LiquidLore - British Columbia

Vitals


Description

Skookum Creek was irreversibly altered by a run of river hydro project that came online in the spring of 2014 that dewaters the whole section of whitewater. The kayaking community lost the fight to have any recreational releases on this creek, and there is now almost no opportunity for navigation. A gauge promised by the power company has yet to come online.

Skookum is a small creek with some big waterfalls found deep in the forest north of Squamish. Another in a long list of classic class V whitewater runs in the area, it is a great paddle with tough scouting, challenging gorges and some of the best waterfalls in the Squamish area. Historically challenged by difficult access which was solved by the construction of a power project, Skookum Creek is now almost impossible to catch with a flow appropriate and stable enough for kayaking. The creek now stands as a stark example of everything negative concerning the effects of hydro development on whitewater recreation.

The take out is easy to find, at the confluence of Skookum Creek and the Mamquam River. Simply follow the Mamquam FSR, found on the far west side of Squamish, for about 15 km until you cross the Mamquam. Immediately on the other side of this bridge is a bridge over Skookum, which is the take out. Alternatively use the powerhouse access just upstream. Put in access changed during the construction of the power project, and the optimal put in has yet to be described but it is likely from river left using the power project roads. Starting at the dam puts you in the river well above the old starting point, but it is now the obvious choice. The original starting point was about 3 km above the take out. It's also possible to access the creek from the river right logging road.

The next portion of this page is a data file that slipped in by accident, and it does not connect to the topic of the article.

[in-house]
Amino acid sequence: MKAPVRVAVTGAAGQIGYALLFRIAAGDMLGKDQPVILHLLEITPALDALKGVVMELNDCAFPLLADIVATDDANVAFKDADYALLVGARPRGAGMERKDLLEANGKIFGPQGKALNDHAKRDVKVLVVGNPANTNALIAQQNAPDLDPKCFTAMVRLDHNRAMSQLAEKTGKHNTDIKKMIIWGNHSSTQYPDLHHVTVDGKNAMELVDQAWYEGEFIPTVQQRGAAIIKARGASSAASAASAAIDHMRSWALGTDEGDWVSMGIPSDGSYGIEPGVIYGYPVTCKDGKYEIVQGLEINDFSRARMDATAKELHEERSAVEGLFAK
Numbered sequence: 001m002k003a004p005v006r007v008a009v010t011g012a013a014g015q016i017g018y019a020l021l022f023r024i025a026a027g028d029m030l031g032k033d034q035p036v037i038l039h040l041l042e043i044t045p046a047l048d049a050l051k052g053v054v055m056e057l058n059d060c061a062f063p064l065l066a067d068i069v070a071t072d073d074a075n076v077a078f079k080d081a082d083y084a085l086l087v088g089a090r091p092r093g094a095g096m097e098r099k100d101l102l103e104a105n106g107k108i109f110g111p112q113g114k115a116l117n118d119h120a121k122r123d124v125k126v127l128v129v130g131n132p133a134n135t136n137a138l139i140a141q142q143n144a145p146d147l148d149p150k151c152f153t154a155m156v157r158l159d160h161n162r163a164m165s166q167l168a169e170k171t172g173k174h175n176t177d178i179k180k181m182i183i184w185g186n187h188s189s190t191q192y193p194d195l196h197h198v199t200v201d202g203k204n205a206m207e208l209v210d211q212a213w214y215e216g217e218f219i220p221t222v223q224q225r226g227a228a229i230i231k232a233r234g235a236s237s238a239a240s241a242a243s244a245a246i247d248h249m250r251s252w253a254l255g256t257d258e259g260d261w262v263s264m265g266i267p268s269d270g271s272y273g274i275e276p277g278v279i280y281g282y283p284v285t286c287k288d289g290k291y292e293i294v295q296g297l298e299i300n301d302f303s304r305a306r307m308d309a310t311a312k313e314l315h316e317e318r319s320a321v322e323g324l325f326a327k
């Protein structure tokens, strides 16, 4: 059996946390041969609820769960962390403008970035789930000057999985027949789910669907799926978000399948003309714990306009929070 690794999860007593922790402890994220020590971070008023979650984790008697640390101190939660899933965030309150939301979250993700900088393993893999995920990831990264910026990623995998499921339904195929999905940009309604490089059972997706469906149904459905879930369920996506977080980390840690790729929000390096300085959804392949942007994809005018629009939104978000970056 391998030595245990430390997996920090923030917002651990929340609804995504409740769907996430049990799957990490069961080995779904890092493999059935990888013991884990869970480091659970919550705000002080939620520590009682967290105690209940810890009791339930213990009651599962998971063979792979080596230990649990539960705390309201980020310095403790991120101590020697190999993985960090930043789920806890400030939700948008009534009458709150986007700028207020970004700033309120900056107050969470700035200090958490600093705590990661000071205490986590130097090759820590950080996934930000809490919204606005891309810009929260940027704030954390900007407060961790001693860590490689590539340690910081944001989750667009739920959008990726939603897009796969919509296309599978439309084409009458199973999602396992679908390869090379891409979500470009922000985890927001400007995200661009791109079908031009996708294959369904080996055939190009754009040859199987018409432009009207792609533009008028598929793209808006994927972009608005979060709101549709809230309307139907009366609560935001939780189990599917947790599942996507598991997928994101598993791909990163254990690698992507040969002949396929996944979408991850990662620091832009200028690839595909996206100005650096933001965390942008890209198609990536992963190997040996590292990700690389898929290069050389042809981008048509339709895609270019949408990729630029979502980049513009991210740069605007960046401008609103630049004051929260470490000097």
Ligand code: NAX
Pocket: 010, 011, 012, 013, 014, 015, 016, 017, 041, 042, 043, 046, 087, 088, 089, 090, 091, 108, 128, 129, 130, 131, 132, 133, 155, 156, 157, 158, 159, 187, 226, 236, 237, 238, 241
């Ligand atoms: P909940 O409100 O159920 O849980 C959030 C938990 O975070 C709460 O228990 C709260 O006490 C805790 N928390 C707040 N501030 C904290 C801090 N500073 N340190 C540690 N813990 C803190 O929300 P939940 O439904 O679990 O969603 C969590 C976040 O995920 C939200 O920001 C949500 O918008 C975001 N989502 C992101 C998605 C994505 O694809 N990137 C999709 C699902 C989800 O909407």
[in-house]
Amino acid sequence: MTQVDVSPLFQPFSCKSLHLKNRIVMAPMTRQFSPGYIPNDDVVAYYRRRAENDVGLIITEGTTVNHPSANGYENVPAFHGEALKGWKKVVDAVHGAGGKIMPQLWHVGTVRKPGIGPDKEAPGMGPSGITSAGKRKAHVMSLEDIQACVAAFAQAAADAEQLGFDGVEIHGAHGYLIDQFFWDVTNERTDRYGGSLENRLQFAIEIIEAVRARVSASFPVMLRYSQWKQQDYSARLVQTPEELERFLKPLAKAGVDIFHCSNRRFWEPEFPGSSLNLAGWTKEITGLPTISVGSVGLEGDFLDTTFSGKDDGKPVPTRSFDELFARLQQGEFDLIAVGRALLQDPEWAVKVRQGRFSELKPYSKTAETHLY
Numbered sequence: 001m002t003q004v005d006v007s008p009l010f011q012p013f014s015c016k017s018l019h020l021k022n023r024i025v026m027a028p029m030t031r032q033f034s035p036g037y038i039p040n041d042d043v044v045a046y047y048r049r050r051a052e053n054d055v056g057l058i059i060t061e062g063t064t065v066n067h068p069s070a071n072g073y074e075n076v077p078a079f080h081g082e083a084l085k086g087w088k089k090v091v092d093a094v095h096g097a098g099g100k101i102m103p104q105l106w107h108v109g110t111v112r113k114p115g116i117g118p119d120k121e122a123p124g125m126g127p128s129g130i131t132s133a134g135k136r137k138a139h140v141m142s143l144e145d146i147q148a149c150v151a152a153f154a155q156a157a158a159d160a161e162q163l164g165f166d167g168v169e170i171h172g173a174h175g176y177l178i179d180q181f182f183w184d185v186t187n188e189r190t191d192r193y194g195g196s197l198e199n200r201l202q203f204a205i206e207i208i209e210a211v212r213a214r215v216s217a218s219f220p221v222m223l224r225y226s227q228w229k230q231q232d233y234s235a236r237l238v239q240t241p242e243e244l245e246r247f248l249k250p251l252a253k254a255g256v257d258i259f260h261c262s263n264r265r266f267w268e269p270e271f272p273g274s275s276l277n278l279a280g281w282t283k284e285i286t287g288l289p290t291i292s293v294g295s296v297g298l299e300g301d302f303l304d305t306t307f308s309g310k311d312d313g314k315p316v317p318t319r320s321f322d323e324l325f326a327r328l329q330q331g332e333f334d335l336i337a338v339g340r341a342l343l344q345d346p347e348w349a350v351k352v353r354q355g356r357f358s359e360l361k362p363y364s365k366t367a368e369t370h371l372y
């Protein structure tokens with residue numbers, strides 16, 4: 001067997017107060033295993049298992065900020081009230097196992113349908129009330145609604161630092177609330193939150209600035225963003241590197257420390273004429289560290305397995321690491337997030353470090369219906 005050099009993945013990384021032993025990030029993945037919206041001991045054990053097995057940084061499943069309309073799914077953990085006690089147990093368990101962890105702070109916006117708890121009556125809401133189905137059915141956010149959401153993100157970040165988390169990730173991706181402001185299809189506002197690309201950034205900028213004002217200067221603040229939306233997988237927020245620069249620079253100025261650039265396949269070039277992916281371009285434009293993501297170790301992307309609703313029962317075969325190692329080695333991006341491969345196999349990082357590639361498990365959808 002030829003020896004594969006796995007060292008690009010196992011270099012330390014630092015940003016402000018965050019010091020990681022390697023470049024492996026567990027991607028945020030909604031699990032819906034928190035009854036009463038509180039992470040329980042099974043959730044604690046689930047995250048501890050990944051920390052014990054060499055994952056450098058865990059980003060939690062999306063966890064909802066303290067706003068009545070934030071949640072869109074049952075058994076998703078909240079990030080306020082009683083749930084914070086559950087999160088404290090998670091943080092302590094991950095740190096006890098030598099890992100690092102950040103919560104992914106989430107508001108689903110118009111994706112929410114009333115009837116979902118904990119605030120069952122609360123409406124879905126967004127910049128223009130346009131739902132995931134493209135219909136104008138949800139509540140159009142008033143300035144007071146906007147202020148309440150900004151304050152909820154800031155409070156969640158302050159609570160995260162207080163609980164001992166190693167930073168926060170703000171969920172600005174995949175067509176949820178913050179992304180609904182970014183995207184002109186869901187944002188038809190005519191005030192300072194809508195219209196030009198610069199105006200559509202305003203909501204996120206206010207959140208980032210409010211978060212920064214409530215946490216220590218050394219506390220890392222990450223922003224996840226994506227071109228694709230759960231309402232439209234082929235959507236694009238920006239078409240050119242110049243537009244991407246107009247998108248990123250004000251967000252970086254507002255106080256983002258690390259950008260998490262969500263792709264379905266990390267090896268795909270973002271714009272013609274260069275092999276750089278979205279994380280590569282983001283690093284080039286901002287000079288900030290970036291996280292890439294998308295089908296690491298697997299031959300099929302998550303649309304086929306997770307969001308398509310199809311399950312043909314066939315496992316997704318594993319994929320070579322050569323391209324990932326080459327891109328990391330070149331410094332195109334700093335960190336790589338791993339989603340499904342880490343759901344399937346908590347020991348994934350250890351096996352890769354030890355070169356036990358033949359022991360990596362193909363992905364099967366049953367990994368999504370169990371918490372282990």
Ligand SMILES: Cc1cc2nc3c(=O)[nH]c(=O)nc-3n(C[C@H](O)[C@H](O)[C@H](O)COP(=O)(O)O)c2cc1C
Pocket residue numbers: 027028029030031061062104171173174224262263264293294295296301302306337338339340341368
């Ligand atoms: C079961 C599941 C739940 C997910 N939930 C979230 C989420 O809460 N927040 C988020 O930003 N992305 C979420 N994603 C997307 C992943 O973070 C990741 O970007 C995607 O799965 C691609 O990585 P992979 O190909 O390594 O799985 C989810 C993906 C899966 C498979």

There is no gauge for Skookum Creek - river levels are visual at the take out. The power company may one day put a gauge online. The season is now limited to times of high flow when water spills over the dam - this translates to unpredictable and short flow windows at the height of snowmelt or after heavy rain. Compare what you see at the take out bridge to the photos below as a point of reference. Compared to the size of the riverbed the river will look low.

From the dam down to the old put in is undescribed whitewater. From the old put in location about 3 km up from the take out are a series of narrow canyons that are difficult to scout and are seemingly impossible to portage. Wood will forever be a potential issue on this run so scout carefully. A section of relatively open class III-IV precludes the ultra classic 30ish foot waterfall that is tricky to scout and can't be walked. It is awesome. The river lands in a beautiful polished granite cauldron that boogies around the corner and shortly arrives at an even bigger waterfall. This 50-60 foot drop has a weird lip and lands in relatively green water. Portaging this drop is almost impossible and you should come to Skookum Creek with the intent to run it, or be prepared to hike out. Below here are a few more rapids, some corners, good scenery and finally the bridge at the take out. It's a good river with classic waterfalls - have fun getting in there and sorting it out, and be thankful if you had the chance to run it under natural conditions!

Skookum Creek The view up the river from the take out bridge.
Skookum Creek A rock in the center of the river just upstream from the bridge - it looks permanent enough to use as a gauge rock - what you see here felt like a medium flow.
Skookum Creek A front seat view on the drive to the put in on a soggy wet day.
Skookum Creek Battling down the steep valley to the waters of Skookum Creek.
Skookum Creek Warm up class IV on the Skookum - Ian shows the way.
Skookum Creek The exit to a short gorge - a blind entrance to a good rapid leads to this 10 foot exit drop.
Skookum Creek It doesn't get much better.
Skookum Creek The scene at the biggest drop of Skookum Creek. We portaged on this trip, because of the wood.
Skookum Creek The final few junky slides above the take out.

Updated Oct 29, 2014